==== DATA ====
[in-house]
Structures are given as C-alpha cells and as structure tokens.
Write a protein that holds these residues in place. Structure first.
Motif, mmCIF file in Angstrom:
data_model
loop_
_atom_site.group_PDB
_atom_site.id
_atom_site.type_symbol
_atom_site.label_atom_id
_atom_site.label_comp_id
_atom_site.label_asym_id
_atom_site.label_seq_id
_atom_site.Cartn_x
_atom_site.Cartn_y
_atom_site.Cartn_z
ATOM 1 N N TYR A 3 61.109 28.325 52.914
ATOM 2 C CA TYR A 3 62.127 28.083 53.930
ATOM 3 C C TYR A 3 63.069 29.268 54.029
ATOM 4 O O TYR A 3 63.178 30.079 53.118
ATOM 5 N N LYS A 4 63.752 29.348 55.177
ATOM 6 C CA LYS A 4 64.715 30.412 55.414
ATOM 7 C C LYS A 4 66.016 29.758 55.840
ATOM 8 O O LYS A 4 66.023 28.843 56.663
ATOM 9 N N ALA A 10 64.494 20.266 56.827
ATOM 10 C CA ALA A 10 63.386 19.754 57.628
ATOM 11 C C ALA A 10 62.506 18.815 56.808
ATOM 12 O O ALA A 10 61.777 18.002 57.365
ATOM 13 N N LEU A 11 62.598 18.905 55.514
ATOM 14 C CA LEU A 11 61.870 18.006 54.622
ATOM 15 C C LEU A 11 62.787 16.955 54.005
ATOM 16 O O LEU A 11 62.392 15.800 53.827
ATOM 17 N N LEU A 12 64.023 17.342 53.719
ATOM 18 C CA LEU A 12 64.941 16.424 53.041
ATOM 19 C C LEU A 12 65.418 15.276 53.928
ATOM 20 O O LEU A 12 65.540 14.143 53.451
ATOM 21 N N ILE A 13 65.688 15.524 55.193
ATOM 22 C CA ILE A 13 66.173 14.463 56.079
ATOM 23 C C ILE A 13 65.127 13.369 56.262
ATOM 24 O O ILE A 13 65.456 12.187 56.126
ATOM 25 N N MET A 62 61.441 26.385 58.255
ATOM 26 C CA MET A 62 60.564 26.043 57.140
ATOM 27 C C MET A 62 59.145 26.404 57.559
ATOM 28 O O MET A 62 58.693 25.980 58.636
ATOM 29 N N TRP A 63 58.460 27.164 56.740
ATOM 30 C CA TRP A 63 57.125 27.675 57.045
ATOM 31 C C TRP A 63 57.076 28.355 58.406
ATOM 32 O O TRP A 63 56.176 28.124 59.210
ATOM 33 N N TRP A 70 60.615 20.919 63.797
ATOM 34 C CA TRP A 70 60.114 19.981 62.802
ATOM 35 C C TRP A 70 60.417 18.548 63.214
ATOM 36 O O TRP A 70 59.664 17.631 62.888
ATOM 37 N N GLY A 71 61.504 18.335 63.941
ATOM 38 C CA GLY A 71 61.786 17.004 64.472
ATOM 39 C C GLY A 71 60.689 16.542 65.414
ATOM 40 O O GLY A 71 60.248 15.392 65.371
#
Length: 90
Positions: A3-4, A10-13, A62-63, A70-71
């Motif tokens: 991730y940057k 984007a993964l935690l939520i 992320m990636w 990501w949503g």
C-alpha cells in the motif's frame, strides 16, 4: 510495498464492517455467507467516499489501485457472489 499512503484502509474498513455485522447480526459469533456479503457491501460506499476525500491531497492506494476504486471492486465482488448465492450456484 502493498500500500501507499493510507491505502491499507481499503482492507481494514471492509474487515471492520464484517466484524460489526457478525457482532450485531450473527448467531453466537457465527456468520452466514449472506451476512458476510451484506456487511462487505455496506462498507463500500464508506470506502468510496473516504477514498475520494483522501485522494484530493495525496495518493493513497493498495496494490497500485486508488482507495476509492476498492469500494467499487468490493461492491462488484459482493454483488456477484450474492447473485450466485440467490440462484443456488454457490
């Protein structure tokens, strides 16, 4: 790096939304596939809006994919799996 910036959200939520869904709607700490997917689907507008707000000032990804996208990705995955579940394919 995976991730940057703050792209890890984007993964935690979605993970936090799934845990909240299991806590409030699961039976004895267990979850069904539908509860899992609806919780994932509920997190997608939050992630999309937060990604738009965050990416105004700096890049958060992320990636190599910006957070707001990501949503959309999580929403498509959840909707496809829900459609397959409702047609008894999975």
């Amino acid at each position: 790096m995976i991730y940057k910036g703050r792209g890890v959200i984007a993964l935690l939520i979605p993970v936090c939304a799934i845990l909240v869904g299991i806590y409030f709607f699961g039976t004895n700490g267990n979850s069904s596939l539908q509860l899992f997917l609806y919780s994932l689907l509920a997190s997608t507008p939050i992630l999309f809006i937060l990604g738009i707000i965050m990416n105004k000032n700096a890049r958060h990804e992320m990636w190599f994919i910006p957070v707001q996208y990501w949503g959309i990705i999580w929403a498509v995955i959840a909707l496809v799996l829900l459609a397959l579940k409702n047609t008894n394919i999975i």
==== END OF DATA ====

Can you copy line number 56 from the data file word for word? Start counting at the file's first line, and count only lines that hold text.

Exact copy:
ATOM 40 O O GLY A 71 60.248 15.392 65.371